Hope is the desire to have something happen in the way you would like against the likelihood that it will not and, for the Christian, there is the struggle with knowing God can do it...but the question is will He? Many things are racing though my mind right now: all those promises God makes in the Bible. No, I know God is not Santa Claus, and yet did James not say, you do not have because you do not ask? Did I not ask, pray, fast, beg? Was it not quite enough? The oddest thing is that I have not been struggling with having faith in God. I believe in Him and I believe He is truly all powerful, that His Will shall be done. But, there is the rub for me right now...in all honesty, I am struggling with trusting Him. I am afraid to put my hope on Him. I am afraid He is going to disappoint me, even when I know I should be more concerned about how I am disappointing Him, how I am not meeting His hopes.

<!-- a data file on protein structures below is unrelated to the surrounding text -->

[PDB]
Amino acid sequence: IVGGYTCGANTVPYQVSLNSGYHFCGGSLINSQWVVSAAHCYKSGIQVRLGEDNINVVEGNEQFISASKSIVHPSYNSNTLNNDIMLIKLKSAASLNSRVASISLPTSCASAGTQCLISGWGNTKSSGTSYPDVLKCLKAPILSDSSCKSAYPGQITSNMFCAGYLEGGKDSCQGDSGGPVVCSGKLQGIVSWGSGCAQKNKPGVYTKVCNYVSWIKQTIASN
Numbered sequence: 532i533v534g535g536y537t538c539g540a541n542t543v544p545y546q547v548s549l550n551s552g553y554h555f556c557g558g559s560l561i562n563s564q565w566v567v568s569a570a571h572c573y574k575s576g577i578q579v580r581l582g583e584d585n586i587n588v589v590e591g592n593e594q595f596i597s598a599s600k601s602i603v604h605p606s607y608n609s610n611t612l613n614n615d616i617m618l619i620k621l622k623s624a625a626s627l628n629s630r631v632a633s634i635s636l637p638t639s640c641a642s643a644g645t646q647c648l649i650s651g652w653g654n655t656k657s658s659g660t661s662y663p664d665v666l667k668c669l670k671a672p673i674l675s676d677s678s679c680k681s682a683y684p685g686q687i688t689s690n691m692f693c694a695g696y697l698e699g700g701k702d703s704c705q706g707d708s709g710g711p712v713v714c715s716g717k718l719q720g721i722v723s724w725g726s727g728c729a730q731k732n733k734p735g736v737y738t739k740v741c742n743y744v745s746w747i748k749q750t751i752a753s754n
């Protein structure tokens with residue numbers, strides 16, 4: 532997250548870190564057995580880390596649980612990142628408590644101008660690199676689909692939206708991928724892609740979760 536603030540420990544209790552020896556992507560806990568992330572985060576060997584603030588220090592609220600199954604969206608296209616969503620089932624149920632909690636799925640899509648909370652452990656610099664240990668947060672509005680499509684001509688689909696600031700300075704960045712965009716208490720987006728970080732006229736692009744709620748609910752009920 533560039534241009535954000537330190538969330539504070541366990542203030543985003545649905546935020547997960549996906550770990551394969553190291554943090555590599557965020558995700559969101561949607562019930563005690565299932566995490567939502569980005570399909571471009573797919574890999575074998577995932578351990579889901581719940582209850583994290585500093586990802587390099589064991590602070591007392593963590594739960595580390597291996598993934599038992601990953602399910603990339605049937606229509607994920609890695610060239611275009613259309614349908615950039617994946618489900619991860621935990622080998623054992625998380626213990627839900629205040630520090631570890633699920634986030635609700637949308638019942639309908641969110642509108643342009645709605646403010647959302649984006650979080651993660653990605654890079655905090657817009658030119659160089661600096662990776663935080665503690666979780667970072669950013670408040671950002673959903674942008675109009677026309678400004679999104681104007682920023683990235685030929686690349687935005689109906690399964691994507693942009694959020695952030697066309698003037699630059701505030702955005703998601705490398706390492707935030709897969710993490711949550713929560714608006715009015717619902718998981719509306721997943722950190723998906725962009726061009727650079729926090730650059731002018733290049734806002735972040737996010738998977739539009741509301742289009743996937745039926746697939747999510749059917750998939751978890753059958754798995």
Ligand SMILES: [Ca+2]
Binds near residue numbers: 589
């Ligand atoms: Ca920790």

Then I wonder why should He give me anything as I am obviously unworthy. I mean, why would He give me anything when I fear trusting Him? Oh, how the mighty has fallen! Was it not just a few months ago He called me to fast and I tried to do all else I was called to do? I was certain of my purpose and I was trusting of my Lord and I had hope. What happened to all that?

One more twist: I tend to reserve my expectations for those I trust the most, so I must trust God and yet I fear to trust Him.

~ My Lord, help me to trust You without fear and to be worthy of Your trust. ~

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Thank you fellow travelers for walking and talking with me along this journey.